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Pitkin County sheriff to talk marijuana at two conferences

Jason Auslander
The Aspen Times
Former Pitkin County Sheriff Bob Braudis and current Sheriff Joe DiSalvo at the Belly Up during the 2014 Cannabis Grand Cru in Aspen.
Aspen Times file |

Pitkin County Sheriff Joe DiSalvo is scheduled to speak at two conferences this spring about the public safety impacts of marijuana legalization.

“A lot of people come to these events wondering what marijuana has done to communities [that have legalized it],” he said. “They want to hear from someone in public safety.

“It’s up to me to give a responsible account.”

DiSalvo estimated he’s spoken to 20 such groups both before and after recreational marijuana was legalized Jan. 1, 2014. The sheriff said he’s never been paid to appear at the events and has to fork out his own money to attend.

“I’m very interested in the topic,” said DiSalvo, who also co-founded the Valley Marijuana Council to promote safe and responsible pot use.

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DiSalvo’s first stop will occur March 26-29 in Las Vegas, when he will be one of numerous speakers at the Nightclub and Bar Convention and Trade Show. Other marijuana-related speakers at that conference will include Ricardo Baca, former editor of The Denver Post’s The Cannabist website, and Tripp Keber, owner of Dixie Elixirs, which produces pot-infused products.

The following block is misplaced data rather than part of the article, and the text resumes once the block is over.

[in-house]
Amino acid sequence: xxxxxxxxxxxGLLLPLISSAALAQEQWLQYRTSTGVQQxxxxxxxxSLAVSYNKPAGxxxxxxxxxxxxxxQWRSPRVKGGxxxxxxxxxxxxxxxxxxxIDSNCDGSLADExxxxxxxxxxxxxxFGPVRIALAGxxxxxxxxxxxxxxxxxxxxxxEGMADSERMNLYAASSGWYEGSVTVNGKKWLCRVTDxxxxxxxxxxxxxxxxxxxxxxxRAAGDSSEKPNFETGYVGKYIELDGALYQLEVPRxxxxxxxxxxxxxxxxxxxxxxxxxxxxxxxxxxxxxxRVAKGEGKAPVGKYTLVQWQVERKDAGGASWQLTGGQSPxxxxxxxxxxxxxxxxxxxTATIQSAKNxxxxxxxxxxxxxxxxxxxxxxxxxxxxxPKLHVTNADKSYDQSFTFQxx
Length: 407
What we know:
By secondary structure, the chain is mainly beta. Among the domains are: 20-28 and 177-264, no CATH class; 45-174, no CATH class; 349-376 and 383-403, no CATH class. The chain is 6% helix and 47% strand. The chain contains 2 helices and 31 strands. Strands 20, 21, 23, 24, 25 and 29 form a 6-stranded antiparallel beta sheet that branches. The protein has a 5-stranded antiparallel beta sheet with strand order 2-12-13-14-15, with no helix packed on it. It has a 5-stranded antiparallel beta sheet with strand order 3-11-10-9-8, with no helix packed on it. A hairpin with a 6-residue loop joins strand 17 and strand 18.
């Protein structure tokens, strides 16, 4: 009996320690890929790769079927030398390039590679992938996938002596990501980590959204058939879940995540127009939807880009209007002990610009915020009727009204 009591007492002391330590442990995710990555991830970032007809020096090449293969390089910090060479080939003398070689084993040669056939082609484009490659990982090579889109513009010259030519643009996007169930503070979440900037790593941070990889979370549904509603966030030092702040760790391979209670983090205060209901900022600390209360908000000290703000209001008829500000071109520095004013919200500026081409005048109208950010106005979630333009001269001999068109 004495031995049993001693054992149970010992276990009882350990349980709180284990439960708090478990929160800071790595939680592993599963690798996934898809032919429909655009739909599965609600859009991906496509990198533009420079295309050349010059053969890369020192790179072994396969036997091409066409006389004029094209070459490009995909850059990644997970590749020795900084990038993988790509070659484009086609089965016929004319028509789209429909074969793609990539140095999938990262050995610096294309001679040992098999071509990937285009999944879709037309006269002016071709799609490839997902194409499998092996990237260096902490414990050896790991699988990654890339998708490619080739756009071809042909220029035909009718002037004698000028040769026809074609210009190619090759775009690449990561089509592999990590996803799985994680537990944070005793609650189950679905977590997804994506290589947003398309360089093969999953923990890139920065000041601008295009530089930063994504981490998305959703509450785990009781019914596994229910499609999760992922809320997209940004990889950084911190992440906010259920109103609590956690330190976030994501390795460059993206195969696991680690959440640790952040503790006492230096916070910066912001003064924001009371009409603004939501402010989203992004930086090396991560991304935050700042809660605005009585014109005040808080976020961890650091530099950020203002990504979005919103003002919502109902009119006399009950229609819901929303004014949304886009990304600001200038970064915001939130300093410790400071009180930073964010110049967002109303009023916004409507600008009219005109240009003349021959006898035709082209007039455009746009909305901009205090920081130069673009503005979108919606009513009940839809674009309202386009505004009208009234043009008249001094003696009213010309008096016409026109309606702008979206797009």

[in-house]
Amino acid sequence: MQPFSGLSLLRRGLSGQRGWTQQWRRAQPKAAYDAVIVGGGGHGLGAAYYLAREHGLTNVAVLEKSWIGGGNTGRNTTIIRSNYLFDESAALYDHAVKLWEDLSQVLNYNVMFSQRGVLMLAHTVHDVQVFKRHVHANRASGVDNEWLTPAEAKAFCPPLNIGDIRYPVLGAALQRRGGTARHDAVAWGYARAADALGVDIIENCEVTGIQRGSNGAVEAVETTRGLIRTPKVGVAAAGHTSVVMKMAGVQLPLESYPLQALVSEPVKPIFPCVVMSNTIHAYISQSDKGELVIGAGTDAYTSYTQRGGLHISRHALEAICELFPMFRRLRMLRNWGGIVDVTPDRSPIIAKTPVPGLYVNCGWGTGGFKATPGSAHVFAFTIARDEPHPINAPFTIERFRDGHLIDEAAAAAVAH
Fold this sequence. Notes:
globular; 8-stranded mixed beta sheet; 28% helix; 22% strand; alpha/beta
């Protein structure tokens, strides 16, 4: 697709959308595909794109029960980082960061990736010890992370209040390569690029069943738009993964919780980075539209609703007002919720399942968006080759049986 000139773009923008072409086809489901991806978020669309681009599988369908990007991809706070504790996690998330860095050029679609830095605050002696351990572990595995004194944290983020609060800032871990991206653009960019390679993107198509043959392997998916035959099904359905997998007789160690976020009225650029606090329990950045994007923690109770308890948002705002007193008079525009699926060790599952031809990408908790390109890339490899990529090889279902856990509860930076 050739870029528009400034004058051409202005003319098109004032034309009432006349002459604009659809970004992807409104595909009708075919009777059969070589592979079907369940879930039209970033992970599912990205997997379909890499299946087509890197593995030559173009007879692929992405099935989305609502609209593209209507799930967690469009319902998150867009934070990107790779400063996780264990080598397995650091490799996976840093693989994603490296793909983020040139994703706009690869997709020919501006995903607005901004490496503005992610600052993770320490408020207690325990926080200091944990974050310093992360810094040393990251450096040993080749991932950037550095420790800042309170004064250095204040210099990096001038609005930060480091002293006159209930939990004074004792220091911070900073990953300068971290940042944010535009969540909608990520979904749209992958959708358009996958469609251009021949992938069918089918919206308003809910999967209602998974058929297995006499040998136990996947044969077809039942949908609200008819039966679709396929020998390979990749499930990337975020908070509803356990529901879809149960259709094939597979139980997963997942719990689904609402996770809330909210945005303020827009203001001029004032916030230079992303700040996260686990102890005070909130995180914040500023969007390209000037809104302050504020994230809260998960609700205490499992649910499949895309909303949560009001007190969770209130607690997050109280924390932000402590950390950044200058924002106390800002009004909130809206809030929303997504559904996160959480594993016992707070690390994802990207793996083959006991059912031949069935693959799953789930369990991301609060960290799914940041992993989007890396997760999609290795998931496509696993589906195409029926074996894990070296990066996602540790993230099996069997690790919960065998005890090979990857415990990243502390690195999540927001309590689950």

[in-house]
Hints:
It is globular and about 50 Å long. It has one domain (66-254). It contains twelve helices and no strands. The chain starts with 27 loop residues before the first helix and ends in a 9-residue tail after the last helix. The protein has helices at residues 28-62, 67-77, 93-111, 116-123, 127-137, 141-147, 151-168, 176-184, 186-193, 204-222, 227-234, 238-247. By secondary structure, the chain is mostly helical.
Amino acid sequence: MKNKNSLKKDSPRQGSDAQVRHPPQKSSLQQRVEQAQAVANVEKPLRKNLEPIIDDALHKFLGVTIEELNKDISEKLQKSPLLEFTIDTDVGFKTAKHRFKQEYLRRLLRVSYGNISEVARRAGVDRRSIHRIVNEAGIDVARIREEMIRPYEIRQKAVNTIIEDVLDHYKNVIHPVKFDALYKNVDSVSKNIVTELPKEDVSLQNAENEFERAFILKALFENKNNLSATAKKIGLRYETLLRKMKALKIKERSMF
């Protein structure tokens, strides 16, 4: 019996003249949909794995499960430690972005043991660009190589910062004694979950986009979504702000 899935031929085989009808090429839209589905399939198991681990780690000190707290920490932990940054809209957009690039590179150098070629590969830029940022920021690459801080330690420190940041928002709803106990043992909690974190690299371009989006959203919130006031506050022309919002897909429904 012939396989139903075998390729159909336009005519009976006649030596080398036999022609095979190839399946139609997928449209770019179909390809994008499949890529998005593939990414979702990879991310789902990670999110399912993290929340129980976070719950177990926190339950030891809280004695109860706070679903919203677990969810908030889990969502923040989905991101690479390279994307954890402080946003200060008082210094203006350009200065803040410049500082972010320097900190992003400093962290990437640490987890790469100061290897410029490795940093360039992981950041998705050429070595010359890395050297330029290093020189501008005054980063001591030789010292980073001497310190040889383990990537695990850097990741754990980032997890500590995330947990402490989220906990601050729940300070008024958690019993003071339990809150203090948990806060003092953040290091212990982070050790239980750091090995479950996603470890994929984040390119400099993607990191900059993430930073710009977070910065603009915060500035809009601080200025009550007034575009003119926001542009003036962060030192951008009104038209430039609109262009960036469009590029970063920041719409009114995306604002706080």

His second stop will be at the third annual Cannabis Grand Cru in Seattle on May 20. That organization “was founded in the winter of 2014, with the vision to create a quality experience for cannabis enthusiasts and professionals where they could learn, network and celebrate marijuana in all its beautiful forms,” according to its website.

In fact, the first annual Cannabis Grand Cru took place in Aspen, which featured both DiSalvo and former Pitkin County Sheriff Bob Braudis. The group also is scheduled to hold its annual conference in Aspen next year in April, according to its website.

DiSalvo said he spoke at the Cannabis Grand Cru event last year, when many community leaders from Washington state, which had recently legalized recreational marijuana, attended and were curious about its impacts.

“My schtick, if you will, is the effect on youth and the developing brain, public safety and driving,” he said. “Basically, how this new product has affected us.”

His answer to those questions?

“There have been some pitfalls,” he said, including issues with edibles and zoning. “But they’ve been corrected.

“The fallout has not been nearly what people thought it would be.”

And as far as public safety goes, DiSalvo said the impact has been close to nil.

“People are surprised about the open dialog we have in this community,” he said. “You can’t effect change unless you have an honest dialog about things.

“I think it gives people comfort that our morality didn’t turn into Swiss cheese because of legalization.”

jauslander@aspentimes.com


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